Intel Firmware updates for Memory Mapped I/O security vulnerabilities
Intel released new firmware updates to address Memory Mapped I/O security vulnerabilities. Intel and Microsoft published advisories this week to inform system administrators about the issues.
Microsoft customers may visit the Adv220002 support page, Microsoft Guidance on Intel Processor MMIO Stale Data Vulnerabilities, for information. Intel published a support page on the company's Security Center website.
The following four vulnerabilities affect certain Intel processors:
- CVE-2022-21123 - Shared Buffer Data Read (SBDR)? -- "Incomplete cleanup of multi-core shared buffers for some Intel Processors may allow an authenticated user to potentially enable information disclosure via local access"
- CVE-2022-21125 - Shared Buffer Data Sampling (SBDS) -- "Incomplete cleanup of microarchitectural fill buffers on some Intel Processors may allow an authenticated user to potentially enable information disclosure via local access"
- CVE-2022-21127 - Special Register Buffer Data Sampling Update (SRBDS Update) -- "Incomplete cleanup in specific special register read operations for some Intel Processors may allow an authenticated user to potentially enable information disclosure via local access"
- CVE-2022-21166 - Device Register Partial Write (DRPW) -- ": Incomplete cleanup in specific special register write operations for some Intel® Processors may allow an authenticated user to potentially enable information disclosure via local access"
The list of affected Intel processors is available here. It includes Intel 7th generation to 12th generation processors, Intel Atom processors, Intel Pentium Gold series processors, and Intel Celeron processors.
Intel published microcode updates, which administrators may install on affected systems to protect the devices. The company recommends that users update to the latest version provided by the system manufacturer.
Microsoft confirmed the issue and provided a description of a potential attack:
An attacker who successfully exploited these vulnerabilities might be able to read privileged data across trust boundaries. In shared resource environments (such as exists in some cloud services configurations), these vulnerabilities could allow one virtual machine to improperly access information from another. In non-browsing scenarios on standalone systems, an attacker would need prior access to the system or an ability to run a specially crafted application on the target system to leverage these vulnerabilities.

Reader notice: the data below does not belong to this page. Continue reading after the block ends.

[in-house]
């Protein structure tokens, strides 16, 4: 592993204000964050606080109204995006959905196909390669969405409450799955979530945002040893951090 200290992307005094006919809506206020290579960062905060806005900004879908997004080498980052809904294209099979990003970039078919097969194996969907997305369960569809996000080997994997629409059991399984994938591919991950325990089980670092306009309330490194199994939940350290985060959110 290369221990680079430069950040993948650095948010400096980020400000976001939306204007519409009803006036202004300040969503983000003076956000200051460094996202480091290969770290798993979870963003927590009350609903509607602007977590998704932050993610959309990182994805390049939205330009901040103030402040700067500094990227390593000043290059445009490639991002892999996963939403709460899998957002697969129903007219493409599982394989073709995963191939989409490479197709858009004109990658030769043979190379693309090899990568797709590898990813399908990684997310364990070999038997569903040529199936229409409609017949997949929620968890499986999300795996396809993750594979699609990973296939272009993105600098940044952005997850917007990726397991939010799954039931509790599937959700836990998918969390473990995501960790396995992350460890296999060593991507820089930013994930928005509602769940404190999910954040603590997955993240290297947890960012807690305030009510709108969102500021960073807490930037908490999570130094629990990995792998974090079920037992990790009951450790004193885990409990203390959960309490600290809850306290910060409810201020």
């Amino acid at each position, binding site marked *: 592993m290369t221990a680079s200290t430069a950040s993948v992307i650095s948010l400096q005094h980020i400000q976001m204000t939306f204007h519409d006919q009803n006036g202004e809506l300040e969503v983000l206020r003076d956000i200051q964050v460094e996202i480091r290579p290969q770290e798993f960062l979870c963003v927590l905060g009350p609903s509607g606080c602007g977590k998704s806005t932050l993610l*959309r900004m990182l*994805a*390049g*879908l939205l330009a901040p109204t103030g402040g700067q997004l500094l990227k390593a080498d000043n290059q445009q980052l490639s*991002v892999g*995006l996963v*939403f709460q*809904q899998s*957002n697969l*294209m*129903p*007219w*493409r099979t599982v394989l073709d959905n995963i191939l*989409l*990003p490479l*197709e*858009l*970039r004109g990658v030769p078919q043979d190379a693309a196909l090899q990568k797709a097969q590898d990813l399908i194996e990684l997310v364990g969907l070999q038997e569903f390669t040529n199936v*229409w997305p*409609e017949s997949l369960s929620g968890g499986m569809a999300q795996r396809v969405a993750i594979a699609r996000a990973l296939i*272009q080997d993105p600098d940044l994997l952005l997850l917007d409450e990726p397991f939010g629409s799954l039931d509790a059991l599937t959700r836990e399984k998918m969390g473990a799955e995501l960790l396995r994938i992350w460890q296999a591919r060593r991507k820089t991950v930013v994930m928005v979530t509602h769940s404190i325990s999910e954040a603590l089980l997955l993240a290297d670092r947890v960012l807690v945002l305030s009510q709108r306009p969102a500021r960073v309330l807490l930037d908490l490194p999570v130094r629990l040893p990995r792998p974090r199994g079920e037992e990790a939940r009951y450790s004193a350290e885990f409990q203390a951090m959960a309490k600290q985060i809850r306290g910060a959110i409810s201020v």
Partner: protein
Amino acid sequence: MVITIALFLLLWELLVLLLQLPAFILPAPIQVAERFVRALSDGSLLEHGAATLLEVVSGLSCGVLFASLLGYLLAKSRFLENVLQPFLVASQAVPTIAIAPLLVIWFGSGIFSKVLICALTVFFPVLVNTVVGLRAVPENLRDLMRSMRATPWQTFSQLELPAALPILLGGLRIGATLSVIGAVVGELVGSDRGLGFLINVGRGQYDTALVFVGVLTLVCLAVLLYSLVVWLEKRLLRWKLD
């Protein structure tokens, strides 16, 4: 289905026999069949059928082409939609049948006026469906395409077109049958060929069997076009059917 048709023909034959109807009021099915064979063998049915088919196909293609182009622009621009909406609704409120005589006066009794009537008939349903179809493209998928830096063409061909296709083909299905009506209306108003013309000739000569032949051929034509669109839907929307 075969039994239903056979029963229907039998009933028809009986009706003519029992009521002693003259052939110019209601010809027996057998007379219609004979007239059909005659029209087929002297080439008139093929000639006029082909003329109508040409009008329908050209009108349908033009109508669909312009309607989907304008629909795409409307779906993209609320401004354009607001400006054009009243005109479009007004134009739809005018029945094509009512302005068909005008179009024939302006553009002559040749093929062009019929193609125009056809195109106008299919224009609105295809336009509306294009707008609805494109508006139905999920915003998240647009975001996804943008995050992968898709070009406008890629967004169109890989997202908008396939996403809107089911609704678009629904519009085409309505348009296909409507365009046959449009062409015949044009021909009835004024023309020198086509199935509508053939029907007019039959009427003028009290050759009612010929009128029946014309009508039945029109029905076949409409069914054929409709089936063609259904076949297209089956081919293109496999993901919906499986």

Windows client customers need to install the microcode update and software updates. Microsoft has not released the updates via Windows Update at the time of writing. German computer site WinFuture notes that Microsoft will release the updates soon.
>In non-browsing scenarios on standalone systems, an attacker would need prior access to the system or an ability to run a specially crafted application on the target system to leverage these vulnerabilities.
Which is not difficult nly requires determined and skilled nefarious perpetrators, and while known exploits maybe patched in smaller time frames these days, that’s only 1% or less of all vulnerabilities that are not made public or that haven’t been discovered yet.
We can blame corporations of which their developers are under strict timelines in order to push crap out the door thats not properly sanitized in some cases. Writing secure code is not something that one can do in certain working environments.
“… via local access” x4
Person standing at the computer can pick it up and walk away with it.
“Just put a cable lock on it.”
Lockpicking Lawer enters chat..
I got a Intel firmware update for Ubuntu 20.04 today.
I got an Intel microcode update for Ubuntu 22.04 around two weeks ago.
Why do I have to wade through a very confusing table to check if my processor is impacted ??
Intel is unable to write a small utility to tell me if I need to do anything ??
For the time being, unfortunately yes.
For beginners, it’s sometimes confusing how to check their systems for the mentioned vulnerabilities in the described article. Therefore, here a little guide how to do that with manual method.
Firstly, download the two PowerShell scripts 1.0.16 (SpeculationControl.psd1 & SpeculationControl.psm1) under „FileList“ and save both of them in a folder, e.g. X:\ADV
You can find them here:
After that, run PowerShell and go to the above created folder. In this example X:\ADV
Then run following commands:
– Set-ExecutionPolicy RemoteSigned -Scope Currentuser (confirm with YES)
– Import-Module SpeculationControl.psd1
– Get-SpeculationControlSettings (here you see whether and if so which vulnerabilities exist on your systems)
– Set-ExecutionPolicy Restricted -Scope Currentuser (confirm with YES)
Lastly, leave PowerShell again. That’s even all.
Apparently, if your processor is pre-2018 Intel won’t fix it.
Or maybe the functionalities are just not supported in earlier CPU architectures and therefore they are not vulnerable to these attacks.
Tried it out on Windows 10 21H2 and an Intel i7-2860QM cpu (Sandy Bridge). The result said the system was not affected.
But I don’t know if this is really right so far… hope so.
It’s indeed the case that the SpeculationControl script only shows the functionalities which are supported by the CPU and whether they are vulnerable or not. Not supported ones are not displayed and therefore they cannot be affected by the newly described vulnerabilities.
Whenever mentioning a security vulnerability in browsers, processors, etc. it would be much better if you could include a simple table of ticks and crosses that includes all major providers and whether they are impacted, at the top of the article.